On the whole, wages for workers aren't keeping up with the inflation rate, causing them to fork out more just to afford the basics. Median weekly wages rose just 1.6 percent in the fourth quarter over that quarter in 2010. In contrast, prices rose 3.3 percent, according to the Bureau of Labor Statistics. As a result, consumers dipped more into their savings: The annual personal saving rate plunged 29 percent in the fourth quarter (compared with that stretch of 2010), to 3.7 percent. This is the lowest saving rate since 2007's fourth quarter, according to the Bureau of Economic Analysis.
Spending failed to keep up with the production of goods at the end of 2011 because most newly created jobs paid close to the minimum wage, Vitner said. Seventy-seven percent of the jobs created since the end of the recession are in the low-paying sectors of retail, leisure and hospitality, home health care and temporary staffing, according to Vitner. With credit still tight and wages falling (once adjusted for inflation), Americans aren't boosting their spending, he said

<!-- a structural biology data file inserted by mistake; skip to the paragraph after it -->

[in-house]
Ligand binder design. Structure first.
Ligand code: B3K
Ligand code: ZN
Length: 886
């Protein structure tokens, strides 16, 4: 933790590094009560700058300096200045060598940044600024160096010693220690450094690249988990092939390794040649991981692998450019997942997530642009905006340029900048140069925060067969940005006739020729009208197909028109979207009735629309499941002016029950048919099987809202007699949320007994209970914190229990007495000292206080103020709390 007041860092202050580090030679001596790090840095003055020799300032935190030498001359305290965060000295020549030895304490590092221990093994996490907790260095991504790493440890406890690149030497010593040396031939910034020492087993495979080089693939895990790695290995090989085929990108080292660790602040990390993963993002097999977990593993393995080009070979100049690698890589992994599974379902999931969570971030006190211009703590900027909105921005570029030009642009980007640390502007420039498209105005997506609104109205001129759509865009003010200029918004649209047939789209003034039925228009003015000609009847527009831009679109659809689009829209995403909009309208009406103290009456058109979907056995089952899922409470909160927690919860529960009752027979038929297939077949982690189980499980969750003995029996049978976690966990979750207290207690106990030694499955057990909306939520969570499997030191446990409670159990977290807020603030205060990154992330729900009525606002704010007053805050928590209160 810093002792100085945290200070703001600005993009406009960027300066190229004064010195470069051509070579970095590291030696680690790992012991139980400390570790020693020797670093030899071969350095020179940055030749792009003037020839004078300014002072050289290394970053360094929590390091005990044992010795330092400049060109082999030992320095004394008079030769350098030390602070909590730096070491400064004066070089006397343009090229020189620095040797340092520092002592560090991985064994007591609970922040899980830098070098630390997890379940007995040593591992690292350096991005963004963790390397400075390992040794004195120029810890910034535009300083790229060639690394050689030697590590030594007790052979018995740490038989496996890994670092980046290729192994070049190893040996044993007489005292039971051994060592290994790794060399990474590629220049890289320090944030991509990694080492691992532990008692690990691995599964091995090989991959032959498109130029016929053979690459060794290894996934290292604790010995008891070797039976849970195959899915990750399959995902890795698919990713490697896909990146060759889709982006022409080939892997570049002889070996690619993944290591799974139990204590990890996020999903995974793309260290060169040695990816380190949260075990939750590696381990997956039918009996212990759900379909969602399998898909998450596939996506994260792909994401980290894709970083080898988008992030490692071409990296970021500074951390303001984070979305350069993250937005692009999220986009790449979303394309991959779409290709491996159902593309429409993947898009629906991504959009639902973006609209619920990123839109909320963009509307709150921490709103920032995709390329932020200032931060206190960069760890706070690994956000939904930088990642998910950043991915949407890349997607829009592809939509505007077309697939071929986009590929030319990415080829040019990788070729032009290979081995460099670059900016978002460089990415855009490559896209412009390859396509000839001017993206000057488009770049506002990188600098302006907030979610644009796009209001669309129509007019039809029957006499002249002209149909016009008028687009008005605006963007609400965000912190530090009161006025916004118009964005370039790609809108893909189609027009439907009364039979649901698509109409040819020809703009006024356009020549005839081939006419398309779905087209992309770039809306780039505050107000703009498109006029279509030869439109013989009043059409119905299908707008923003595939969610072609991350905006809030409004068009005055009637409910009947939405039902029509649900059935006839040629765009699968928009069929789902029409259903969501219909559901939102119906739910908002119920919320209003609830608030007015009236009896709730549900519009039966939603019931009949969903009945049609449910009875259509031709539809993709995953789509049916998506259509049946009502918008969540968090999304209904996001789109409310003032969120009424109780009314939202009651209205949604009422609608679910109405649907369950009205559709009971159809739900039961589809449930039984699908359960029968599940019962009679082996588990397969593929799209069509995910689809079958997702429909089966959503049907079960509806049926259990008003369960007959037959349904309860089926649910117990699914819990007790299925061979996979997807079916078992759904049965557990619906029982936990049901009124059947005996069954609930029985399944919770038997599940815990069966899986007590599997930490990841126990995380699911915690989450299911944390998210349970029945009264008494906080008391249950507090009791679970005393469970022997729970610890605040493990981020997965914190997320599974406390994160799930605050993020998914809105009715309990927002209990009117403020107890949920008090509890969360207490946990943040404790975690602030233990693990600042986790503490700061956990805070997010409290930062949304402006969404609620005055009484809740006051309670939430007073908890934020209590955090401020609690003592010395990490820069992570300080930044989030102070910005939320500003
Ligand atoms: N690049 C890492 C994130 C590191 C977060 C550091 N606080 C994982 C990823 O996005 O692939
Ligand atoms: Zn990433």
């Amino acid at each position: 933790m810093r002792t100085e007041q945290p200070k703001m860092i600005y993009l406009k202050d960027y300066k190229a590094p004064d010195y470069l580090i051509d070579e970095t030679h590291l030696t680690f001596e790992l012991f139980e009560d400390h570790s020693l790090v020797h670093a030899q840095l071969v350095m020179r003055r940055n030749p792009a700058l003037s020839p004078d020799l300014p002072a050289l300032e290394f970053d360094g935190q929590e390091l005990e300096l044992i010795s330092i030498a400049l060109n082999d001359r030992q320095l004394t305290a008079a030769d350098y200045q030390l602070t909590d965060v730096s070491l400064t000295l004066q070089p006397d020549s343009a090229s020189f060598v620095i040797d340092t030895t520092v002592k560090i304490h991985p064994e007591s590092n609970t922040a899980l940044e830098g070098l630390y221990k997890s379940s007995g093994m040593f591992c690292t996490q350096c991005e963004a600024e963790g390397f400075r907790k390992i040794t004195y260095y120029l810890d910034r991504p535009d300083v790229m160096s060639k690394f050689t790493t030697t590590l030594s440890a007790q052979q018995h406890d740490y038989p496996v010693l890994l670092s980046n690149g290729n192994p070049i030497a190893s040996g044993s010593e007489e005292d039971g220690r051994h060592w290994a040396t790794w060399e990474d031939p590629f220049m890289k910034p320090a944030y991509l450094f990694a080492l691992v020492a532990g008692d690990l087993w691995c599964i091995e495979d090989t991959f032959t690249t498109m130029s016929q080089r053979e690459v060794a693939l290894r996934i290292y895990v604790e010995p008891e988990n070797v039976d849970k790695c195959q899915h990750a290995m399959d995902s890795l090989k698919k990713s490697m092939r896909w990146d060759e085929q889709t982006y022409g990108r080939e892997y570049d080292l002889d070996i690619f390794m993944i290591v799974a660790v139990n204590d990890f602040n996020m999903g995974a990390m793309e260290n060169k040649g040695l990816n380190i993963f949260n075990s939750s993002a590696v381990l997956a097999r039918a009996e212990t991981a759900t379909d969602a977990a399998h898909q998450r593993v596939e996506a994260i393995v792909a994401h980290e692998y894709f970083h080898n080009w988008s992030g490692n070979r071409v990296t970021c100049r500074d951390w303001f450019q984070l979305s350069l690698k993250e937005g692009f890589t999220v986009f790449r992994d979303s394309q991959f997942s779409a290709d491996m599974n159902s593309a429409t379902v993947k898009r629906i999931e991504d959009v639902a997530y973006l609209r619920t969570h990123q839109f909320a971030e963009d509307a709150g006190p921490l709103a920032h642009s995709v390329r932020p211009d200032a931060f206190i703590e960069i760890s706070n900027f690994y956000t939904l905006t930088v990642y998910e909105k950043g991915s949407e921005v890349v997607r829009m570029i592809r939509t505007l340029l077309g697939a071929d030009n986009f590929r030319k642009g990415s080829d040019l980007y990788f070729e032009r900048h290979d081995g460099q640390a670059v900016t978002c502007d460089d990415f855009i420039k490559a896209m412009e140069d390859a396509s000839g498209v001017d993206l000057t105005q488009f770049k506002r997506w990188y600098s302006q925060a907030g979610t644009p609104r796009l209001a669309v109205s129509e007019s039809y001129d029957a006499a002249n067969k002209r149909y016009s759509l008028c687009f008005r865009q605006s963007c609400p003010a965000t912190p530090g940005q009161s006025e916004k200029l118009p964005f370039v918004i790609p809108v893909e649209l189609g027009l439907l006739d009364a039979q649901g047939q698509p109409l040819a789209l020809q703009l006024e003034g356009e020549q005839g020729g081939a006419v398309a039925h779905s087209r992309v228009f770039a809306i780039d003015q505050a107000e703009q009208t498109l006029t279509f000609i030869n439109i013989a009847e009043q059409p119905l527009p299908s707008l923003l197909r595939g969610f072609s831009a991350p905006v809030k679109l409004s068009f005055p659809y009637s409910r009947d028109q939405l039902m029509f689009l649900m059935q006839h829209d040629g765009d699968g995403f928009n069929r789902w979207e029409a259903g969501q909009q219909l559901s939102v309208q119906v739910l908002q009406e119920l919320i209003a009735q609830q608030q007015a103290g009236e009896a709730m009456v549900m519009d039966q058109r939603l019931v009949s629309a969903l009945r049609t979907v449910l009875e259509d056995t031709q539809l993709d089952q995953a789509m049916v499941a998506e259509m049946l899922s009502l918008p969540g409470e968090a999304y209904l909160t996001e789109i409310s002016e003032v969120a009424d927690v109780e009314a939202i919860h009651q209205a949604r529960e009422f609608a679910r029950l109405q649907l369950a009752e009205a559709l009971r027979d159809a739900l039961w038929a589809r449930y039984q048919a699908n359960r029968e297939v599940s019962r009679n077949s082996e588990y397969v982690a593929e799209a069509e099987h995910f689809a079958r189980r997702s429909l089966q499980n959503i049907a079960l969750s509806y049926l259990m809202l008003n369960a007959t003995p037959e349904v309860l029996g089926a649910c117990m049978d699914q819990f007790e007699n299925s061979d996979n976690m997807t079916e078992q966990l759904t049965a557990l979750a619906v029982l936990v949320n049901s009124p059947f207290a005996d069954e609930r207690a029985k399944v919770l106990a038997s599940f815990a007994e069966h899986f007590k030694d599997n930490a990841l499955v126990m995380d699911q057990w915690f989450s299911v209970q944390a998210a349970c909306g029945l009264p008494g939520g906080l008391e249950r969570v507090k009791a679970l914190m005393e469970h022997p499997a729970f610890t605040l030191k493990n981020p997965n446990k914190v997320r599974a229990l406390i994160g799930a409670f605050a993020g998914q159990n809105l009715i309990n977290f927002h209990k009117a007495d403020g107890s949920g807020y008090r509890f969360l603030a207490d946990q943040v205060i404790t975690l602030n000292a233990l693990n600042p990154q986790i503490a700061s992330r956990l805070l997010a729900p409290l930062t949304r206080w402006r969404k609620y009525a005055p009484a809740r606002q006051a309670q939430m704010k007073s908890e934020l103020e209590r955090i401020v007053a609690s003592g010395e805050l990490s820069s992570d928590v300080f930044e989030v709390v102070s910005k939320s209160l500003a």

Read it at The Huffington Post
by Bonnie Kavoussi